In John’s gospel we see Jesus use daily staple foods of bread and fish to feed the five thousand. Henri Nouwen describes Jesus’ miraculous act of meeting both human need for nourishment and a thirst for spiritual sustenance this way: “When Jesus fed five thousand people with only five loaves of bread and two fish, he was showing us how God’s love can multiply the effects if our own generosity …where every generous act overflows its original bounds and becomes part of the unbounded grace of God at work in the world.” If we are not offering nourishment to both friends and strangers, even through the smallest act, we are contributing to spiritual wastefulness when so many hunger both for real food and for the promise of meaning and new life in Christ.
We are all called to participation in the Eucharist, just like those five thousand who were fed by Jesus with bread and fish. Hungry for Jesus, the miracle was prompted by people responding to his call to give and to share whatever they had with them to eat. The miracle was abundant food for all, and much to spare. They all shared a meal together: families, friends, strangers, and the results were not what the disciples expected. This was a community feast, people doing what Jesus asked them to do – perhaps it was the first ever “church pot luck”. How good are we at sharing. How generous are we? Can we do more?
I often wonder what became of the five thousand? How did they act differently after they were nourished by Jesus? I believe that it was not how much or how little was shared, but the fact that they were willing to give something in answer God’s call. Our impact as the church acting together can be so much stronger when we all contribute and allow God to use us and our gifts to make a difference in the world. Generosity is about giving freely, give joyfully and give from a place in the heart of unconditional love, instead of from a place of fear and scarcity. God will do the rest.
I am reminded of the first Anglican student conference I attended when I was an 18-year-old college student, during the dark days of apartheid in South Africa. As we drove through the gates of the seminary where we were meeting, we could not help but see the armed security police in vehicles monitoring our activities. We were all a little nervous to say the least. We had a special guest that year, the newly elected Archbishop of Cape Town, Desmond Tutu, who was to give the closing address to our conference. He arrived and spoke passionately with his customary combination of humor and prophetic vision. He reminded us that if we have Christ within us we need to look into the faces not only of our friends but also of our enemies, and find the Christ in them also. At dinner he sat and ate with us, and we talked freely. After our meal, he took his tray into the kitchen and instead of turning to leave, rolled up his sleeves, moved to the zinc and asked with a beaming smile “Does anyone mind if I wash? Not only can the Eucharist bring joy to something as mundane as washing dishes. Fellowship should not end at the meal. We left our conference inspired, renewed and filled with the Spirit, and without fear.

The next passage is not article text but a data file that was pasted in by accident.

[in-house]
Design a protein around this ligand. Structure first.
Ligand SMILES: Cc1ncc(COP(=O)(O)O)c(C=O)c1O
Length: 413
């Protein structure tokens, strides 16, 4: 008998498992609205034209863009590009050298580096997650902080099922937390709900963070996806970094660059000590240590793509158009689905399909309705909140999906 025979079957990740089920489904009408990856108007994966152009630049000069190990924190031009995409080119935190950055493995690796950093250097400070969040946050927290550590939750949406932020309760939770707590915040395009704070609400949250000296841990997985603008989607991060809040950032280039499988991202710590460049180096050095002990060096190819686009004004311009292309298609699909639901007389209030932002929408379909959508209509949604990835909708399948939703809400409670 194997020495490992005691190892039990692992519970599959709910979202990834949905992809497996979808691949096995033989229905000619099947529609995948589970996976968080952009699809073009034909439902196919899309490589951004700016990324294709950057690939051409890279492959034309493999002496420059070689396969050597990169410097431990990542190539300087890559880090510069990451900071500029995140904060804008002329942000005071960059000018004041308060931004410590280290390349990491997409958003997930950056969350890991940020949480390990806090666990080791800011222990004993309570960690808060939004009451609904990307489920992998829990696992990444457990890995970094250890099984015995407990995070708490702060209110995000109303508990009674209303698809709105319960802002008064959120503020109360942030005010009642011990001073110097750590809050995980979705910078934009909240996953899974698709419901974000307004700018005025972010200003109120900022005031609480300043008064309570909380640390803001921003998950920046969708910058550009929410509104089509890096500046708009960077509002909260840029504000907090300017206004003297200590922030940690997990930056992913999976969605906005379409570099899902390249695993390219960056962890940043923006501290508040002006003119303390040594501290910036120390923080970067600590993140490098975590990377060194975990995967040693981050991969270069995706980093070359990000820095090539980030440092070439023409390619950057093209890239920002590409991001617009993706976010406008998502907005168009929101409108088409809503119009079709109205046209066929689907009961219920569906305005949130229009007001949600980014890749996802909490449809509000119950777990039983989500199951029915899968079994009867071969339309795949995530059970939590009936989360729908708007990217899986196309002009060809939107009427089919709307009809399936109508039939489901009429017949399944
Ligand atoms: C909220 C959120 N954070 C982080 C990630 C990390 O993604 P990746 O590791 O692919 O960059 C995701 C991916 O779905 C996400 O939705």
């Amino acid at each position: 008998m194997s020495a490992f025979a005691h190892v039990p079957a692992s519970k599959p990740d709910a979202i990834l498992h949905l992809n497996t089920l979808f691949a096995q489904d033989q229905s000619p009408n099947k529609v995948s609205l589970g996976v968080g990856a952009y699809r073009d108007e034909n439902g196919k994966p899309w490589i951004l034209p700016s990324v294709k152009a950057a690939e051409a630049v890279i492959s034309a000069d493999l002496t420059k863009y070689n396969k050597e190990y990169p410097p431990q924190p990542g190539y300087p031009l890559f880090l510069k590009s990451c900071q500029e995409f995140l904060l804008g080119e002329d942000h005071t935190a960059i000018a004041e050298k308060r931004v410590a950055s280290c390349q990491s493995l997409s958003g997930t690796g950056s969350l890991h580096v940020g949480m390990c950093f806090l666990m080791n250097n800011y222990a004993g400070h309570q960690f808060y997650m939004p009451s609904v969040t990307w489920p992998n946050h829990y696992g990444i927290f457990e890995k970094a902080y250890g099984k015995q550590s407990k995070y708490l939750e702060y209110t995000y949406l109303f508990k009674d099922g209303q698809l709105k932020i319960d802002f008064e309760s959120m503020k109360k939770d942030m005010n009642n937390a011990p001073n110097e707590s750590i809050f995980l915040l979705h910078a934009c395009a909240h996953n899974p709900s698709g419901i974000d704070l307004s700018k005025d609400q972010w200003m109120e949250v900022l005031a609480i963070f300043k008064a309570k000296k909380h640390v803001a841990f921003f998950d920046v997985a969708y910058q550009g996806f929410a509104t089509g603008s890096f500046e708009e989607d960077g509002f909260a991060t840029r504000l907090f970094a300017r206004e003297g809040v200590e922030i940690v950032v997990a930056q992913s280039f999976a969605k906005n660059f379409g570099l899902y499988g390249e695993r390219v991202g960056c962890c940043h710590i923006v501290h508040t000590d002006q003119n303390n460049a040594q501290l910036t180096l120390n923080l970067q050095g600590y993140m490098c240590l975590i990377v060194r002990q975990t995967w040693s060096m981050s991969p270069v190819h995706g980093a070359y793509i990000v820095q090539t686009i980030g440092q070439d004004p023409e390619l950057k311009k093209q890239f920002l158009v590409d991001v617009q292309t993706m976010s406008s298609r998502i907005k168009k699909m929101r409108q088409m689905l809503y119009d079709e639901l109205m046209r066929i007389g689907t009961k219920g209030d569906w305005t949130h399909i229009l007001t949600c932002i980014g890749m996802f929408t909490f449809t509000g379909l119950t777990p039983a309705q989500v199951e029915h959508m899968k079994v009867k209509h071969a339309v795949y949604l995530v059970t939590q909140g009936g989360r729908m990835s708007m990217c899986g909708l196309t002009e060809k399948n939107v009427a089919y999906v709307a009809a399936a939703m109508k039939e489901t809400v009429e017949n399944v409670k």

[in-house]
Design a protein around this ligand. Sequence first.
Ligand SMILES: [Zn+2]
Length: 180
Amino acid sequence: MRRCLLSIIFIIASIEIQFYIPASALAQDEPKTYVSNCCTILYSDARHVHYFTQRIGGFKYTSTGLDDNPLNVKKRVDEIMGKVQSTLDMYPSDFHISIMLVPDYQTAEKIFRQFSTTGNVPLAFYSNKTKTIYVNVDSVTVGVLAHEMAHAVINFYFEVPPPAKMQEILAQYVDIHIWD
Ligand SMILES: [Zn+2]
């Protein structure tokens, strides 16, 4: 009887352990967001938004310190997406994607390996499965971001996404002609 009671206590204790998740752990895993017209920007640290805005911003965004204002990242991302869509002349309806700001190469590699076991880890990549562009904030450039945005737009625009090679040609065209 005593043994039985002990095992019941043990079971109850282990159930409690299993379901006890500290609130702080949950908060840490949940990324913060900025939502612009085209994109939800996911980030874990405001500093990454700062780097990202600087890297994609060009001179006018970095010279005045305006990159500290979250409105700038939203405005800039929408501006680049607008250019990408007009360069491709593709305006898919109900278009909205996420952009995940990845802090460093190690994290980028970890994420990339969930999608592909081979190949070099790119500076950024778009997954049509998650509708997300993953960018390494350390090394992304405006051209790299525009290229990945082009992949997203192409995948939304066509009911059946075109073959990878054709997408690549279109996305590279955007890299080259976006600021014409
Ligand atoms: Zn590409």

As we gather at the Communion rail today, we give thanks to God, and we pledge ourselves anew to one another I invite you to think of new ways to be the bread of life to others, new ways to allow God to use you for acts of generosity. In our brokenness we will catch a glimpse of God and find the promise of eternal life. In the words of the early church father, Irenaeus: “The word of God, Jesus Christ, on account of his great love for mankind, became what we are, in order to make us what he is himself”. In Christ we are what we eat. Amen!
The Summer Lay Proclamation Series is an Ascension tradition where lay members of the congregation proclaim the Good News as part of the Sunday service.
Born in South Africa, Maurice Seaton moved to New York to work as a diplomat for Nelson Mandela’s government at the United Nations. He is a certified fund raiser (CFRE) and Senior Consultant for the Episcopal Church Foundation, and has provided leadership, annual stewardship, planned giving and capital campaign consulting services to numerous Episcopal organizations in the United States and Europe.